Miles MacGregor, el mac, mural, portrait, chicano, mexican, border, religious, spiritual, human, los angeles, the citrus report, upper playground

“This is the mural I painted in El Paso, Texas, titled “Ánimo Sin Fronteras” (spirit without borders). All aerosol and fatcapsIt’s based on photos I shot in 2012 of a man named Melchor Flores, who’s been fighting to get answers and justice for his son who was picked up and disappeared by police in Nuevo León in 2009. This mural is located in the heart of downtown El Paso, and complements the fighting spirit of the classic boxing mural next to it. This is an important mural for me, something I’ve been trying to make happen for a while. It is for all those who fight for justice.”

Mac’s El Paso and Juárez murals are excellent examples of this energy applied to a political framework. The murals feature a different image on each side of the U.S./Mexican border and are a manifestation of Mac’s soft yet powerful voice. Each portrait addresses the violence and corruption with border politics and crime. The first portrait features a young woman whose mother was kidnapped and killed while the other is a man whose son was murdered by the police. The proud and dignified images exude hope and resilience yet simultaneously raise awareness to the awful conditions for those living on the border and the struggles these families have undergone. Mac’s ability to address difficult issues is shrouded in beauty and it makes the harsh truth palpable.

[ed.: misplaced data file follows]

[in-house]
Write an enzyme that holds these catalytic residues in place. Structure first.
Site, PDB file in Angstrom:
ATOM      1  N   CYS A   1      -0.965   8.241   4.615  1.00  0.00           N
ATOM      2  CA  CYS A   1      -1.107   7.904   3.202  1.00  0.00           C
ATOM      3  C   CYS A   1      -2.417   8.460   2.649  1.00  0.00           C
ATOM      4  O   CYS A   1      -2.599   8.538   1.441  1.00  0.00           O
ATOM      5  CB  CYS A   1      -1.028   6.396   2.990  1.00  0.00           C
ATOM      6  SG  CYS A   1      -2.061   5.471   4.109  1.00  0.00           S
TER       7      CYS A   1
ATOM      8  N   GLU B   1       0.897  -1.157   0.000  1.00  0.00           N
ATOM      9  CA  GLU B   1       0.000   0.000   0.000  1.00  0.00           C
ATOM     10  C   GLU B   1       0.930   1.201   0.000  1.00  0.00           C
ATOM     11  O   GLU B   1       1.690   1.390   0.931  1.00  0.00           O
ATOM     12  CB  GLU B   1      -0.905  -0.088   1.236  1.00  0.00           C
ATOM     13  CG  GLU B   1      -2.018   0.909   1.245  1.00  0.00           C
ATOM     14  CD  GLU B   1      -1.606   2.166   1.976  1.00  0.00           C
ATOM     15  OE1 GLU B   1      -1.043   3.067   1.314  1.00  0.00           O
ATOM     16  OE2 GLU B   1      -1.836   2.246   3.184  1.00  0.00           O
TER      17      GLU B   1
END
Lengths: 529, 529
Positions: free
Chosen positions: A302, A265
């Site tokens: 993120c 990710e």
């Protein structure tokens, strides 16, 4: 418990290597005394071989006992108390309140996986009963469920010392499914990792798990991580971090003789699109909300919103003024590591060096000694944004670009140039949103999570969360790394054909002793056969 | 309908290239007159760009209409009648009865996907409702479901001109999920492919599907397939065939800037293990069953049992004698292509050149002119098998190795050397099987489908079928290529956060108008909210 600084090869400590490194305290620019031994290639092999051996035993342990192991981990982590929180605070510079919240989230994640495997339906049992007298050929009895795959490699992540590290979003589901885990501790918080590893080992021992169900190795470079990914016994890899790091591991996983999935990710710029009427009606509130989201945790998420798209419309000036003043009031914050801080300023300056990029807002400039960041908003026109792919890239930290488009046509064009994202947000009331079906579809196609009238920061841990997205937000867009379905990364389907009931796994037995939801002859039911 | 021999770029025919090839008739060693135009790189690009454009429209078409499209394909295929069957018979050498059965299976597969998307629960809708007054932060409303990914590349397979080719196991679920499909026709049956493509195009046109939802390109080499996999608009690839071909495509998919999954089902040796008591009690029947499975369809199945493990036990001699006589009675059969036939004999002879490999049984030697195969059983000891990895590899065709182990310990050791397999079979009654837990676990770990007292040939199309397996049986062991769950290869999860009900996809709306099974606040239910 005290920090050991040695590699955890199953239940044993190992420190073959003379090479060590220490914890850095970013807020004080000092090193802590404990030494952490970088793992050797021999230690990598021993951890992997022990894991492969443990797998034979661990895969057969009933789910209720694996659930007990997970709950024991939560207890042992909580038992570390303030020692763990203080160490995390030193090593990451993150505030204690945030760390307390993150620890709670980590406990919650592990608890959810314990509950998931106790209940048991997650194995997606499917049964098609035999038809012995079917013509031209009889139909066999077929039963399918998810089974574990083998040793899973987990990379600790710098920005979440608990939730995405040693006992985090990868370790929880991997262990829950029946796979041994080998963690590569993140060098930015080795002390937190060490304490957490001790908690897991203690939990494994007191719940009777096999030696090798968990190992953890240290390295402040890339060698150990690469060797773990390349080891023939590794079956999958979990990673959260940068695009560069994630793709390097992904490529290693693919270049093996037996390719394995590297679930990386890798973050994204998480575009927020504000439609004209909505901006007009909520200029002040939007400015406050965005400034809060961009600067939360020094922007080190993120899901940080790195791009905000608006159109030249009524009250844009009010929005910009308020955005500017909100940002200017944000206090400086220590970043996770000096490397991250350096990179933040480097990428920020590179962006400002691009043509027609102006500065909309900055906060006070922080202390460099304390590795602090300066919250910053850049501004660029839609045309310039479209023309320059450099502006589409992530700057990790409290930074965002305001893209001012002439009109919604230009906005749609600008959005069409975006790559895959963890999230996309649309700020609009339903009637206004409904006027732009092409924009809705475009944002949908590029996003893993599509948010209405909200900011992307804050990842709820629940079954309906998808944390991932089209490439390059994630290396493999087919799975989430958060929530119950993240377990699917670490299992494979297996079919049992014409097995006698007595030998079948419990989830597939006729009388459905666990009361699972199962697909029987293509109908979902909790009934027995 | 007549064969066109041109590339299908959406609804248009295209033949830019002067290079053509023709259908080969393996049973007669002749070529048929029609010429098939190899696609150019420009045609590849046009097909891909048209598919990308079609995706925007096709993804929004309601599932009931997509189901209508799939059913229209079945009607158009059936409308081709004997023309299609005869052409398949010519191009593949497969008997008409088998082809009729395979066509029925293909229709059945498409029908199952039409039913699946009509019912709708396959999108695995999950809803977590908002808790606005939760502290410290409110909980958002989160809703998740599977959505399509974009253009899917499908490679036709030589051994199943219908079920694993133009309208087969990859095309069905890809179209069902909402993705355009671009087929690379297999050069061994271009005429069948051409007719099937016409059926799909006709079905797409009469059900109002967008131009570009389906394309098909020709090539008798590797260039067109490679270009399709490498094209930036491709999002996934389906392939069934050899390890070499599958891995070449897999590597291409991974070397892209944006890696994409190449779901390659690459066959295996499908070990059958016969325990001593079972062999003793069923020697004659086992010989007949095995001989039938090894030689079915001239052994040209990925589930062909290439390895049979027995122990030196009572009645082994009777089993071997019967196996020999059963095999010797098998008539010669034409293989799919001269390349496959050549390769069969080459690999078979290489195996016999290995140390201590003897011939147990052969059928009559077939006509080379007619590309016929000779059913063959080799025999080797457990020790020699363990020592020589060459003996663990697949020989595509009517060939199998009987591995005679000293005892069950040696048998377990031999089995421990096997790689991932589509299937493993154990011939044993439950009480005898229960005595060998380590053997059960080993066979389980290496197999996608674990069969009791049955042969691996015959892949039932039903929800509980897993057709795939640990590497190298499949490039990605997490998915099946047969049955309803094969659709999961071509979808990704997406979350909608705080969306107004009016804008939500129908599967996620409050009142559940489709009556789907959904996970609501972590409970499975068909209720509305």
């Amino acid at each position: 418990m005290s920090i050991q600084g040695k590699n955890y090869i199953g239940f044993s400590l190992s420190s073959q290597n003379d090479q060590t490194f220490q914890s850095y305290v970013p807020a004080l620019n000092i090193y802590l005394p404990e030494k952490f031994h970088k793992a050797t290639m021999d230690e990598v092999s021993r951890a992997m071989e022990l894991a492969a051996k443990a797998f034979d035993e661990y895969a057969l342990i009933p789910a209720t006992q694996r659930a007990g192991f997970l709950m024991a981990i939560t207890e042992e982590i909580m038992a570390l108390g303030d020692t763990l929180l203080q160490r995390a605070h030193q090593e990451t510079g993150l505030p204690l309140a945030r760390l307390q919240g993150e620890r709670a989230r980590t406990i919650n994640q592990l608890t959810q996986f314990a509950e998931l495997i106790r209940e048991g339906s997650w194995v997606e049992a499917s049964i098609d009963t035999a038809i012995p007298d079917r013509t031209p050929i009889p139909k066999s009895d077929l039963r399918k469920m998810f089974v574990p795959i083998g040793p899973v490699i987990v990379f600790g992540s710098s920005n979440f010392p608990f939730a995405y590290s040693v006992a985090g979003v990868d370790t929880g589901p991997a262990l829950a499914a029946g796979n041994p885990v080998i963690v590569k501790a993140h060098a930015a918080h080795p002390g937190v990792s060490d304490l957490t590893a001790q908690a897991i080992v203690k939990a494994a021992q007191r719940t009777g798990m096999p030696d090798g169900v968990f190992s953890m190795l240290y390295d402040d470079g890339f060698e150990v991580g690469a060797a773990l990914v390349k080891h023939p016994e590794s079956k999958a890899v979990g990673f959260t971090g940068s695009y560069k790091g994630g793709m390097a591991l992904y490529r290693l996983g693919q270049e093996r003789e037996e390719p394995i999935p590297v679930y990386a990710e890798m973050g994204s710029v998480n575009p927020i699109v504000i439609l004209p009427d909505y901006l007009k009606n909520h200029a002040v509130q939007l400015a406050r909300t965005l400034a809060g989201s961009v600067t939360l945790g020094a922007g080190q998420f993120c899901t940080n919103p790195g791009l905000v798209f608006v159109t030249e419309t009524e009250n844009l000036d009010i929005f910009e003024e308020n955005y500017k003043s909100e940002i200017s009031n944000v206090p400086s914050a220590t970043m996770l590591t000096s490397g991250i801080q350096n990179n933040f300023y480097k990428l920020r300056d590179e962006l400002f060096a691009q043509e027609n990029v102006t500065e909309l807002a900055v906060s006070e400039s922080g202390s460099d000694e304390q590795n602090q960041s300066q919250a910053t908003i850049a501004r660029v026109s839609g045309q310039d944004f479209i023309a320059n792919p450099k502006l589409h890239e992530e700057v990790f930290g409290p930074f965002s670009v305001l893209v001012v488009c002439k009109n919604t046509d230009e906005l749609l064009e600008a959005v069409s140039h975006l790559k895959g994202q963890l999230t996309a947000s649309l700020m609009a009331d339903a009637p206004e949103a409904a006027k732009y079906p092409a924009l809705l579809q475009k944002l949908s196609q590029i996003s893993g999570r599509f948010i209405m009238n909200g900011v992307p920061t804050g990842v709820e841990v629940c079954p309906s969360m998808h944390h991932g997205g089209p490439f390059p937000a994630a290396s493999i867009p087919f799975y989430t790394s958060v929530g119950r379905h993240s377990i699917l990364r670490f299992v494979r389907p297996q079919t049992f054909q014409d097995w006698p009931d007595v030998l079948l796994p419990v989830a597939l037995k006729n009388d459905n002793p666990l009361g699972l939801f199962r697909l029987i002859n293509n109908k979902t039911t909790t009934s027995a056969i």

Miles MacGregor, el mac, mural, portrait, chicano, mexican, border, religious, spiritual, human, los angeles, the citrus report, upper playground

What makes El Mac’s works so memorable is his ability to put a modern spin on the conventionality of the human portrait by incorporating his detailed line work. This brings an almost distorted, fragmented accompaniment to his creations, opening the doors for varying interpretation. Challenged by creating difficult images, Mac succeeds by making more than a technically executed portrait. They instead are social and spiritual reminders of our humanity, the small details of what makes someone an individual become giant gestures to be admired.




by Ariadna Zierold

Check out the new poster Greg ‘Craola’ Simkins did for the Foo Fighters for their show on August 25 on

greg craola simkins, poster, foo fighters, the citrus report, upper playground

He grew up with a menagerie of animals including a number of rabbits, which often emerge in his paintings. He began drawing at the early age of three and was inspired by various cartoons and books.

It is his careful weaving of pop culture, the old masters, nature, carnival kitsch, and his warped imagination, that makes Greg Simkins a sought-after surrealist painter today.